Fixing Retirement

John Tierney writes in The New York Times that the concept of the retirement age is an anachronism:

The problem isn’t that Americans have gotten intrinsically lazier. They’re just responding to a wonderfully intentioned system that in practice promotes greed and sloth. Social Security is widely thought of as a kumbaya program that unites Americans in caring for the elderly, but it actually creates ugly political battles among generations.

With the help of groups like AARP, the elderly have learned to fight for the right to retire earlier and get bigger benefits than the previous generation – all financed by making succeeding generations pay higher taxes than they ever did themselves.

The result is a system that burdens the young and creates perverse incentives for people to retire when they’re still middle-aged. Once you’ve worked 35 years, more work often yields only a tiny increase in your benefits (sometimes none at all), but you still have to keep paying the onerous Social Security tax, which has more than doubled over the last half century.

If the elderly were willing to work longer, there would be lower taxes on everyone and fewer struggling young families. There would be more national wealth and tax revenue available to help the needy, including people no longer able to work as well as the many elderly below the poverty line because they get so little Social Security.

Tierney raises a good point — the current system basically provides a disincentive for high-income workers to keep working. Low-income workers don’t have much choice in the matter, they need all the money they can get. If you’re already making $200,000 a year, chances are you have enough investments to coast through retirement and can leave the workforce earlier. The problem with that being that when that high-income worker leaves the work force, Uncle Sam loses that tax revenue. A smart investor will have set up his retirement income in such a way as to minimize taxation, which means less revenue for the government and less productivity for the economy.

There’s really no reason for a mandatory retirement age. It doesn’t help the lower classes at all, and those who would otherwise be able to work have every incentive not to. A program that actively encourages people not to contribute to the economy is simply not a smart one, especially in an age where living into the triple digits isn’t going to be as uncommon as it used to be. With advances in medical technology, future generations could have significantly longer lifespans. A system of pensions that’s stuck in the days of high birth and mortality rates just isn’t going to be sustainable over the long term.

The free world faces a massive demographic crisis, and action needs to be taken to ensure the solvency of programs like Social Security. The notion of a fixed retirement age is a product of a bygone era that reduces tax revenue and economic productivity. It is time to reconsider a system that no longer works and provide workers with a syste m that will last well into the next century.

3 thoughts on “Fixing Retirement

  1. So what exactly are you proposing? And how does it relate to when people are and are not eligible to receive Social Security benefits?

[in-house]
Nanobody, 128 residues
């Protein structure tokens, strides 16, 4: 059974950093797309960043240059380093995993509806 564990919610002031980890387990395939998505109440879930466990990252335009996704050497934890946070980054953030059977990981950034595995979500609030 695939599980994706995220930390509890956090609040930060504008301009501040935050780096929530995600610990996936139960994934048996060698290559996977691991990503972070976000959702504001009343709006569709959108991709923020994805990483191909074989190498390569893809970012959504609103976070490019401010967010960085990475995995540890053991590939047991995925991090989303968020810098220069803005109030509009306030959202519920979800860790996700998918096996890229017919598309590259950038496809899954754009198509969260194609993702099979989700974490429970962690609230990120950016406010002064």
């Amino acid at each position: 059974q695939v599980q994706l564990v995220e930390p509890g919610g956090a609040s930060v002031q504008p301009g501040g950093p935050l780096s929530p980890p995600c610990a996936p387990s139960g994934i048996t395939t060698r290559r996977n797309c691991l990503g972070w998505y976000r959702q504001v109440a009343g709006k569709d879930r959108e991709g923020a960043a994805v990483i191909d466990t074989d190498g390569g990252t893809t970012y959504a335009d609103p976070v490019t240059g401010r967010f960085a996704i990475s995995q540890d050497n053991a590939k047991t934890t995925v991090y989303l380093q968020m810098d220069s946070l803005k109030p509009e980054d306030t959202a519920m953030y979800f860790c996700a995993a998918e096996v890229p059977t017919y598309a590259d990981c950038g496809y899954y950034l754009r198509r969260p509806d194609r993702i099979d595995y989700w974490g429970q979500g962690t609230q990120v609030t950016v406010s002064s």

It strikes me that the common denominator among people proposing that the retirement age should rise “in correspondence with increasing life expectancy” is that work for them consists of sitting behind a desk. My dad is 60 and breaks his back every day on the railroad. I can assure you that working until 75 is not an option for him. Even those who stand on their feet in retail stores all day can’t realistically be expected to hold off on retirement. The body can only withstand so much strain before it gives, regardless of how long one can be expected to live. Any proposal to extend the retirement age has to make exceptions for those who do something more physical than shuffle papers for a living, particularly in the current era of mandatory unpaid overtime, ever-increasing assembly line speeds, and if “moderate Republican” Arnold Schwarzenneger’s vision is realized, no more lunch hours.

  2. Perhaps a system that offers incentives for people to stay in the system, and some form of minuses to people who retire too early. Without getting into fiscal details you can arrange a system which encourages people to retire at 70 or even 72, while penalizing people from “desk jobs” who retire at 60 or even 55. Of course the issue of who is working at a desk job well be somewhat or a grey area of course. As well as the fact that one of the benefits of social security is that by taking the elderly out of the work force by providing for their welfare enables younger workers to obtain jobs easier and with better pay ( ie shrinking the labor pool), would now become in jeopardy.

    However this would help keep the system fiscally solvent, as well as encourage people to rely on market returns for early retirement, thus increasing the desire for them to invest. Such encouragements can also be “tweaked” to make young or old investors react differently. For example to shrink the labor pool government could spend a little more and cover some of the penalties of retiring earlier.

    Just some food for thought, as this helps turn the social securities “career blind” policy into one that recognizes each person as having different retirement needs.

  3. In the end, what people our age think isn’t going to matter. Older people have all the power and money. I’m not expecting an outcome that benefits me.

    I worked as the front desk clerk at a hotel once and I didn’t have breaks or lunch.

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